Flanders to drop out of Belgium’s anti-discrimination centre
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    Flanders to drop out of Belgium’s anti-discrimination centre

    Unia, which fights racism and discrimination, said taking cases to court was "a measure of last resort" and that it helped setting legal precedents to fight future instances of discrimination. Credit: © Belga

    Flanders will no longer be a contributing member of Belgium’s anti-discrimination centre Unia, in a move which makes the Flemish region the first one in Belgium to cut contributions to the institution.

    The news came hours after regional government negotiators reached a coalition agreement for the new legislature, of which a central focus will be to balance out the region’s finances.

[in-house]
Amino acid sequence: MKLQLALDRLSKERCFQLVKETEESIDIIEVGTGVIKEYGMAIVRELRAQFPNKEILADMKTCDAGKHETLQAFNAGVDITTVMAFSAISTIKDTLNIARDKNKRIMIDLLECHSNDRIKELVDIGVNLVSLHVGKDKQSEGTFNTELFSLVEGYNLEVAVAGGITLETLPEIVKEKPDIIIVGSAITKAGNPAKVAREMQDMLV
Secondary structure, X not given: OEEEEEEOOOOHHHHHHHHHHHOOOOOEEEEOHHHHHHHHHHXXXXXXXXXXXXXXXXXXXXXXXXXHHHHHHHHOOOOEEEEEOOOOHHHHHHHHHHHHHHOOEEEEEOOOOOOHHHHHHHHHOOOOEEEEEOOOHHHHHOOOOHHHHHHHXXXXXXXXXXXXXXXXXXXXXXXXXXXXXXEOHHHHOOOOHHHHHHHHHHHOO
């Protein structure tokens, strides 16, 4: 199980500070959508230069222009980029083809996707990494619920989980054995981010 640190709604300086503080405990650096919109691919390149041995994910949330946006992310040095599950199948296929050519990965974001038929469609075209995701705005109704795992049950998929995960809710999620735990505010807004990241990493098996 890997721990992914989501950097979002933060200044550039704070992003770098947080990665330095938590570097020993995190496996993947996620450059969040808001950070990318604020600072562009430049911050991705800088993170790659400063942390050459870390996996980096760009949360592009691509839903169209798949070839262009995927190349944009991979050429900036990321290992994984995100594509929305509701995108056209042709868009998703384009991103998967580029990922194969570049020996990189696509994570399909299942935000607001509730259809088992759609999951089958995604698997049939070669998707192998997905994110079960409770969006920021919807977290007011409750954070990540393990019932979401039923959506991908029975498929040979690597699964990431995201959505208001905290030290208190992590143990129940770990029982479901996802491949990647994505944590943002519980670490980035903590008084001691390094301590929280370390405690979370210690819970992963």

Reported by HLN, the region’s pullout will likely tip Unia’s budget off-balance, since the centre was financed jointly by the federal and regional governments, as well as the language communities, with Flanders’ contribution in 2015 totalling €800,000.

    Unia, officially named the Inter-Federal Equal Opportunities Centre, had been in the crosshairs of the Nieuw Vlaamse Alliantie (N-VA) —one of the leading parties in the new regional coalition— with regional ministers of the nationalist party in 2017 criticising the centre as being biased.

    “If a blonde, blue-eyed woman files a complaint after being called a nazi prostitute (sic), she has zero chances of being heard,” integration minister Liesbeth Homans said at the time. “But if a veiled woman (sic) introduces a complaint after being insulted, her chances of being heard are of 100%.”

    During a press conference organised after the coalition agreement was reached, N-VA chairman Bart de Wever told reporters that Flanders would seek to set up its own equal opportunities institute, according to live reports by the outlet.

    Gabriela Galindo
    The Brussels Times

    Update: This article has been updated to include the most recent information about the creation of a Flemish anti-discrimination centre.